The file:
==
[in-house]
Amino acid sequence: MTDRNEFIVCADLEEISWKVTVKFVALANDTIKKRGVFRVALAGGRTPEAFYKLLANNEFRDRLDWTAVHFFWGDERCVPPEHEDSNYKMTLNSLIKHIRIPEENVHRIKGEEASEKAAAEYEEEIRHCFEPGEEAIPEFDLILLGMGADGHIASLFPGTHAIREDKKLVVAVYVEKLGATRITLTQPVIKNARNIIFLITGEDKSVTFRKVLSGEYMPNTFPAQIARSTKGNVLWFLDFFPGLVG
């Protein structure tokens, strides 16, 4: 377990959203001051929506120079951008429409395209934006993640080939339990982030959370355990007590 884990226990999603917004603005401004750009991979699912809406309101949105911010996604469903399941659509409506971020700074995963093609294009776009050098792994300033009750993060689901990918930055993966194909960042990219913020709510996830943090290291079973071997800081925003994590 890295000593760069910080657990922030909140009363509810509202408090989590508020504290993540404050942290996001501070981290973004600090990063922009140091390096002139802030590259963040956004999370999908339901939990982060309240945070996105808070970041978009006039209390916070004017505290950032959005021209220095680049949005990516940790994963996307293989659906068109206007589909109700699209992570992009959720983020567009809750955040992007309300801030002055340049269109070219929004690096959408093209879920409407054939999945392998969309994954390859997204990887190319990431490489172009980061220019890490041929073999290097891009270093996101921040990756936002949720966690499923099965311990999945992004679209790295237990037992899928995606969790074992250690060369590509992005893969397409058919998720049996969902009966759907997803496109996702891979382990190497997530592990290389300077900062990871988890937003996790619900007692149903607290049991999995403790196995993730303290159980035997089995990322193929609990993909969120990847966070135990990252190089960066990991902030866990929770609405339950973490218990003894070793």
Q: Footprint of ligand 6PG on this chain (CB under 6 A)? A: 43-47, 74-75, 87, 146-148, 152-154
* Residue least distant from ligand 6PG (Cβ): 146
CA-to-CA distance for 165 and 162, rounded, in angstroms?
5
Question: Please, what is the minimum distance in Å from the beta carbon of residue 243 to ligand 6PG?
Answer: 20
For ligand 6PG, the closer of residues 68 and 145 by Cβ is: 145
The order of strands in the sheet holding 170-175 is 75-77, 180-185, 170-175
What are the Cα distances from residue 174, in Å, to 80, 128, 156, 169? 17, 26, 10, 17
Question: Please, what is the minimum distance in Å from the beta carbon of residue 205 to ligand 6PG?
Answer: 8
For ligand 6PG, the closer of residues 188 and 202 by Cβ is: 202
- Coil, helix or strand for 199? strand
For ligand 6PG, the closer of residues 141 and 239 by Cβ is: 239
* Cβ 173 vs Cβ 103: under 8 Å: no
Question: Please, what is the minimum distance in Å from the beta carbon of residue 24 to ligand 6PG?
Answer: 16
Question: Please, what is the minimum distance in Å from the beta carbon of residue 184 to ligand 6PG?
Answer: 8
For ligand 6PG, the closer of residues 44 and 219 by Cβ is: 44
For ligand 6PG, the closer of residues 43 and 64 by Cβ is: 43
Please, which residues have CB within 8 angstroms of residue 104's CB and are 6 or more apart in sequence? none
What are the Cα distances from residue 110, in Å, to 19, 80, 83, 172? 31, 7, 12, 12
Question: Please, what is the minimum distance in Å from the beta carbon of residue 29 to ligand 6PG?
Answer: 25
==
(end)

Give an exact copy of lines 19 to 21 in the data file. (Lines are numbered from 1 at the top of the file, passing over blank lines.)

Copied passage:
Question: Please, what is the minimum distance in Å from the beta carbon of residue 24 to ligand 6PG?
Answer: 16
Question: Please, what is the minimum distance in Å from the beta carbon of residue 184 to ligand 6PG?